Someone with PD will have anxiety. Anxiety is a pervading feeling of unease, worry, and fear. The most severe form of anxiety is panic. Often, people with PD will learn to avoid situations that cause them anxiety or fear. This will lead to a damaging cycle of living in fear of fear, and this cycle could lead to more anxiety and more panic attacks. Sometimes, people with PD could even develop agoraphobia from avoiding situations that they feel would trigger a panic attack.
Another symptom someone with PD will have is panic attacks. These mostly sudden, mentally, and physically disruptive attacks could last anywhere from 5 to 20 minutes. Sometimes even longer. The number of times one gets a panic attack depends on how severe their panic disorder is. Since the symptoms of panic attacks often mimic the symptoms of other physiologic diseases like heart ailments, it is best to get a diagnosis from a specialist to rule out any other diseases that could cause the physical symptoms of a panic attack.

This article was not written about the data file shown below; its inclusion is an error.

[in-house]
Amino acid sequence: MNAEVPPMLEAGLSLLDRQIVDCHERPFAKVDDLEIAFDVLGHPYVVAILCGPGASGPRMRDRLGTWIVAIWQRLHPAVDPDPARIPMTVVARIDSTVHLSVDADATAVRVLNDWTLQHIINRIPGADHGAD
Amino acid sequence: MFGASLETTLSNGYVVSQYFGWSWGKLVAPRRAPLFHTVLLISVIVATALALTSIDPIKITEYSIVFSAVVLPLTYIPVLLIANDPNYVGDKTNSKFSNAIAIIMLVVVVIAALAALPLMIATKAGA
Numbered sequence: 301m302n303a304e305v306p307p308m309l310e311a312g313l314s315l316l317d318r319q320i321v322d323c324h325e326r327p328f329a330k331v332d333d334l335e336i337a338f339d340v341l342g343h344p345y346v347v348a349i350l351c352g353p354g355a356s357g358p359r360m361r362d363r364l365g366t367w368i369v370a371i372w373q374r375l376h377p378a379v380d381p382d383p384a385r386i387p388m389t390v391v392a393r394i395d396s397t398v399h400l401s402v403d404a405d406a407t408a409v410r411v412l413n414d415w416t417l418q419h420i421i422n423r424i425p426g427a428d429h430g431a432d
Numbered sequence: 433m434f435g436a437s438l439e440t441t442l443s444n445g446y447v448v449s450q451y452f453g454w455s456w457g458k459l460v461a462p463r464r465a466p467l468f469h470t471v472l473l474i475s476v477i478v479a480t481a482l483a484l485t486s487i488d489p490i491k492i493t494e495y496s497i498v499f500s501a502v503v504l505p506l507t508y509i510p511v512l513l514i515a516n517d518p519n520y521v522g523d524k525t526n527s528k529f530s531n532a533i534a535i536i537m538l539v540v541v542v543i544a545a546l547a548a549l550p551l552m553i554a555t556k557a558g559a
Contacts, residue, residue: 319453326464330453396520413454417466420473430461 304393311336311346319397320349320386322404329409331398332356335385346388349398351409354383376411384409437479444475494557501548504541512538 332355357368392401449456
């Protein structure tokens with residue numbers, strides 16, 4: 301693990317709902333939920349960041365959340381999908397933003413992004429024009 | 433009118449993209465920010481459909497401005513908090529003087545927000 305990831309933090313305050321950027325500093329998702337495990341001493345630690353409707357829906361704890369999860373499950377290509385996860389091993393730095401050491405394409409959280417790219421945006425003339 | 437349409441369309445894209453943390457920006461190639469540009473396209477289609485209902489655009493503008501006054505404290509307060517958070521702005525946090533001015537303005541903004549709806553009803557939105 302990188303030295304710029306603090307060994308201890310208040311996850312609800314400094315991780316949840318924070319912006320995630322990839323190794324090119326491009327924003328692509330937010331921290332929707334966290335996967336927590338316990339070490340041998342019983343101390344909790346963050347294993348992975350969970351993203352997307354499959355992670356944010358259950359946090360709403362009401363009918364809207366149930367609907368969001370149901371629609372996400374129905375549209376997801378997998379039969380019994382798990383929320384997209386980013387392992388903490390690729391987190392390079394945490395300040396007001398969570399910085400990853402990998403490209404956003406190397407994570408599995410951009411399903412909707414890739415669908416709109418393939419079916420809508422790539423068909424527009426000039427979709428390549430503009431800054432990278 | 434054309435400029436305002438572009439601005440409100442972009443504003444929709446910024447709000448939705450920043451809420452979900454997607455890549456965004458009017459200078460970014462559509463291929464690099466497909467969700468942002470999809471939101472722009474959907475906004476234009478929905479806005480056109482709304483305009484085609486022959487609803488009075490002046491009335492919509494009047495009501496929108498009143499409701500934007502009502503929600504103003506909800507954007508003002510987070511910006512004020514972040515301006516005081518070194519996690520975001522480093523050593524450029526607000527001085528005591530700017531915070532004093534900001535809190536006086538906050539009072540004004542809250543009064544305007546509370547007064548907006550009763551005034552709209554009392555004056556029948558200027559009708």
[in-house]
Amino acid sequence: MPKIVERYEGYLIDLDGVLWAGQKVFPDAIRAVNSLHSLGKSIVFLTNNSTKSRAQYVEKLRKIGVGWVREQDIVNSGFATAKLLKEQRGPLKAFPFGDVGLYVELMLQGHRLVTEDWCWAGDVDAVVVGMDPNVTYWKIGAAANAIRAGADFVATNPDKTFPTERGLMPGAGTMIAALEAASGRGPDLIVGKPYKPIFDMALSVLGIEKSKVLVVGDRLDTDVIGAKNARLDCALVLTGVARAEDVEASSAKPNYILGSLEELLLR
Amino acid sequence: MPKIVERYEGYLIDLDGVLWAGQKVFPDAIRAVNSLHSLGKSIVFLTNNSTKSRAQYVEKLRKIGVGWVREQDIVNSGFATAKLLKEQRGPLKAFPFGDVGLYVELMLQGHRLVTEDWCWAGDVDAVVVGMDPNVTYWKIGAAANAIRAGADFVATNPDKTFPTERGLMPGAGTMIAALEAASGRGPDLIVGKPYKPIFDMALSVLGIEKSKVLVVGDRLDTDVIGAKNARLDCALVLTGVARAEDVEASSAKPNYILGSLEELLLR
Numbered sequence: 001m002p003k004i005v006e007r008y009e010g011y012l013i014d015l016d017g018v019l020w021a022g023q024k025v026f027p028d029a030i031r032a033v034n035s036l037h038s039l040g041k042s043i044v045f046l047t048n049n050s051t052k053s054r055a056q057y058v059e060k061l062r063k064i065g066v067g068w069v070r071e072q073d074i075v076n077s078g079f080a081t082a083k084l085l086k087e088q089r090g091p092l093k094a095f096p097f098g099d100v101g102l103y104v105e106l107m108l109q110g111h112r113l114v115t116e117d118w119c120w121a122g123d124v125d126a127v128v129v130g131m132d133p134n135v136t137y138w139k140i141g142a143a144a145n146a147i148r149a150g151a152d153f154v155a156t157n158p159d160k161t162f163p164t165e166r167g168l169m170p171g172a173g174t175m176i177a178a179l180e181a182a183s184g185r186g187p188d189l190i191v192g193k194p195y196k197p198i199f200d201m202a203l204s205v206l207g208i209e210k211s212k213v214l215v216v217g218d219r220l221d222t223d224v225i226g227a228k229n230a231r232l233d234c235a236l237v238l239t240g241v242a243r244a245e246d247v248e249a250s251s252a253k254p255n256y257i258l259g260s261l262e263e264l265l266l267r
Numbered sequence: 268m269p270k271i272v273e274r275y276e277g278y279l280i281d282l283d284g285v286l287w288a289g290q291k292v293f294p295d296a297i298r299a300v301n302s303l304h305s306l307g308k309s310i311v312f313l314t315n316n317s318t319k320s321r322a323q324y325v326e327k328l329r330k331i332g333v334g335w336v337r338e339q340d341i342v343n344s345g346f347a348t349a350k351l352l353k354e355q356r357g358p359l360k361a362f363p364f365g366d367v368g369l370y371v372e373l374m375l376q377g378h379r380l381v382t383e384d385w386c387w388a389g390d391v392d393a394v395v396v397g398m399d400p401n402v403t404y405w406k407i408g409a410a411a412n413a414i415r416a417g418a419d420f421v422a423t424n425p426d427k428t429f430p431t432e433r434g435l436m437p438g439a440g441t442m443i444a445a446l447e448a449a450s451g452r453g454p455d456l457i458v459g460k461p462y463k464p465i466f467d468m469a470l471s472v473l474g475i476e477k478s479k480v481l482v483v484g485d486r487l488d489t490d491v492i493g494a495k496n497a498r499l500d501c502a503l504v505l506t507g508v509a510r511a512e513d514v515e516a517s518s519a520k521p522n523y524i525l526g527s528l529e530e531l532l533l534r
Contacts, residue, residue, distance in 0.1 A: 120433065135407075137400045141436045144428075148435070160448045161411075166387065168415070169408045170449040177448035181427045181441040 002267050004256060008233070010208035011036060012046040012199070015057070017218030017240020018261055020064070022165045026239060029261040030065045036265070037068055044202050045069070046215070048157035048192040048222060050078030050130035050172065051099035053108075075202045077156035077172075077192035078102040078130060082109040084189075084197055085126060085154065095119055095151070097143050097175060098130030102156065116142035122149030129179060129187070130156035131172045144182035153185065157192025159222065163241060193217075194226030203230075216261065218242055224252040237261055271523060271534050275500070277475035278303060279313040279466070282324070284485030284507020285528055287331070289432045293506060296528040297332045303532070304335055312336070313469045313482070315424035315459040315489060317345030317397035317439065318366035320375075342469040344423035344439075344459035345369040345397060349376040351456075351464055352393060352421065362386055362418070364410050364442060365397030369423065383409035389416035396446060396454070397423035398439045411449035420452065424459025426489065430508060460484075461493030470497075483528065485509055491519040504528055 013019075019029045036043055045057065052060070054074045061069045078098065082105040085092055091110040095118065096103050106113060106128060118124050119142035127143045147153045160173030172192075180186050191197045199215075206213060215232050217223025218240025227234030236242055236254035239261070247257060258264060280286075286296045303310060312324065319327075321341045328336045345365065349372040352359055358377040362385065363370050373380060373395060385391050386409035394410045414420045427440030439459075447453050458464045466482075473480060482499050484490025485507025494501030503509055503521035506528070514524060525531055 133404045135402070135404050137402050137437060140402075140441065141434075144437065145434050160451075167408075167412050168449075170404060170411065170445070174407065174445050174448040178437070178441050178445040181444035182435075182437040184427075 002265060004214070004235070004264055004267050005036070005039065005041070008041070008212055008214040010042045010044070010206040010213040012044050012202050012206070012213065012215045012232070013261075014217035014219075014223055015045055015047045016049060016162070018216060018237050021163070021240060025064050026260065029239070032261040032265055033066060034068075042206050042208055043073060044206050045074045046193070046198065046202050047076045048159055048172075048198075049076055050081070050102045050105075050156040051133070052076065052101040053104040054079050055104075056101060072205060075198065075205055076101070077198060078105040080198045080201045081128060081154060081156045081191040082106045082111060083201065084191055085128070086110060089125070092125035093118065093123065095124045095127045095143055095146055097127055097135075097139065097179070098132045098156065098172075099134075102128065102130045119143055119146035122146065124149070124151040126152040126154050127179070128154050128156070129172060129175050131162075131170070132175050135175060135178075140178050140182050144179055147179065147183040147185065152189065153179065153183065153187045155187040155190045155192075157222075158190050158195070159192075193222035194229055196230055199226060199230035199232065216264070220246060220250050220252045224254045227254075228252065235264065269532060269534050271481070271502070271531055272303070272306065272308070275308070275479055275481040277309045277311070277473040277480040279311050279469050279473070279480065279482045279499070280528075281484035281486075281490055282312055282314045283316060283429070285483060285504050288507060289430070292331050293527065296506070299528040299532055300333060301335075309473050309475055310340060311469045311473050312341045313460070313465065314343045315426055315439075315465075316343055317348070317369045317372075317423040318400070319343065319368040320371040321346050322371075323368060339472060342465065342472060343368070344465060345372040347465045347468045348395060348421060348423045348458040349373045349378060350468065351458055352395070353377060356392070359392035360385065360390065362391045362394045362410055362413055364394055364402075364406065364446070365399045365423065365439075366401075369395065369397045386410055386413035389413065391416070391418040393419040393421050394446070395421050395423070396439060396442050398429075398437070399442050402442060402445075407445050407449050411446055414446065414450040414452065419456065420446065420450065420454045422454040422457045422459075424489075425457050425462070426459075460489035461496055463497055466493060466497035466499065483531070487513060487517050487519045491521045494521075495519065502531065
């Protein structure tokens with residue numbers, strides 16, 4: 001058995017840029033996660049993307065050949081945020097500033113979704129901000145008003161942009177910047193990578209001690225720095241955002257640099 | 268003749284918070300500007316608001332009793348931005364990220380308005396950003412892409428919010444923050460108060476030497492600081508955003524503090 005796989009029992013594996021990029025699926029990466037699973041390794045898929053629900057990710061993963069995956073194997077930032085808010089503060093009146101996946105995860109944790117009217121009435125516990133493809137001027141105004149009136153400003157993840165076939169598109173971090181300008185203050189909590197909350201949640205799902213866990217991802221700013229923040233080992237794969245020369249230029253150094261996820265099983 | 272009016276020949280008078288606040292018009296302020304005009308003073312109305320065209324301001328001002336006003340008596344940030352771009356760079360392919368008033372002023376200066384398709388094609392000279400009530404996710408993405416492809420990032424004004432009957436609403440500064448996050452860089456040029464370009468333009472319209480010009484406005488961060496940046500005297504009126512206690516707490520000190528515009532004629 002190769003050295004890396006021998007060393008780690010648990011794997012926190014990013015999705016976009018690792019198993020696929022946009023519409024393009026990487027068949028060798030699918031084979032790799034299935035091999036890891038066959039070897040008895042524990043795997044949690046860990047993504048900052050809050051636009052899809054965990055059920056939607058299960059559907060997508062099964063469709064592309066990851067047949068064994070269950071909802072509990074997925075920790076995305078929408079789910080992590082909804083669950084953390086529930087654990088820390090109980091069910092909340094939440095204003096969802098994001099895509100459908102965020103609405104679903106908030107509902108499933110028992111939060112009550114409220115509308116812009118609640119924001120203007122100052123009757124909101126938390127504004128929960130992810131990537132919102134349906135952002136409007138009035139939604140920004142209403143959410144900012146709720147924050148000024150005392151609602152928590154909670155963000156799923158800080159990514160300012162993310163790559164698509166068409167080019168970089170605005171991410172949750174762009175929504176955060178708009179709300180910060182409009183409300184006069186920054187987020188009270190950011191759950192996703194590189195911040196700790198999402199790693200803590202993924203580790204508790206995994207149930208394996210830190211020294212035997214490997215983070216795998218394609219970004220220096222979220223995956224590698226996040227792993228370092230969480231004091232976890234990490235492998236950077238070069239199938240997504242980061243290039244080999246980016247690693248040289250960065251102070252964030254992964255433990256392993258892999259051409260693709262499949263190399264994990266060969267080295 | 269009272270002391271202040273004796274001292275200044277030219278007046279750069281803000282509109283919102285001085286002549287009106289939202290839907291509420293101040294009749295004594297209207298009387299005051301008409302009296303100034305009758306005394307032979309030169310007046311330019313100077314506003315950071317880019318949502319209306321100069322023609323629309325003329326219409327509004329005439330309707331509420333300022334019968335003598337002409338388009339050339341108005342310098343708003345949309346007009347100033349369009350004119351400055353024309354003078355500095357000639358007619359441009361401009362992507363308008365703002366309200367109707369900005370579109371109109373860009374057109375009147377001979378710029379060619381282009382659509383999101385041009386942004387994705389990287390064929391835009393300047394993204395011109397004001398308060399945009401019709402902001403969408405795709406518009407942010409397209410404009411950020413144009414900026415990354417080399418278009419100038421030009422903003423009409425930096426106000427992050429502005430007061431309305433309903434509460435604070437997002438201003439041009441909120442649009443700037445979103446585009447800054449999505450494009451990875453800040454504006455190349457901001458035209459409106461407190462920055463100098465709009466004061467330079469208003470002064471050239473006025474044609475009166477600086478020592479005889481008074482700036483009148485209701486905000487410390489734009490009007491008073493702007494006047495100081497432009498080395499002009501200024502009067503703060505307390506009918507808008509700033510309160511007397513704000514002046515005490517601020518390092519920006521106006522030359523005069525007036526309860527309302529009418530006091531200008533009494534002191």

Doctors would often prescribe two types of treatment — talk therapy and medication.
Talk therapy is just what it sounds like. A PD patient will talk to a trained and certified therapist about their experiences and therapists will then teach their patients how to cope with their panic attacks.
Medicating patients is another, more physiologically direct way of treating PD. Though this type of treatment usually goes hand in hand with talk therapy.
Most doctors will prescribe any of the following medications:
Selective serotonin reuptake inhibitors. These are antidepressants that are the usual first-choice medications by doctors because they have fewer side effects compared to other forms of antidepressants. Antidepressants usually take 2 to 4 weeks before patients feel their effects.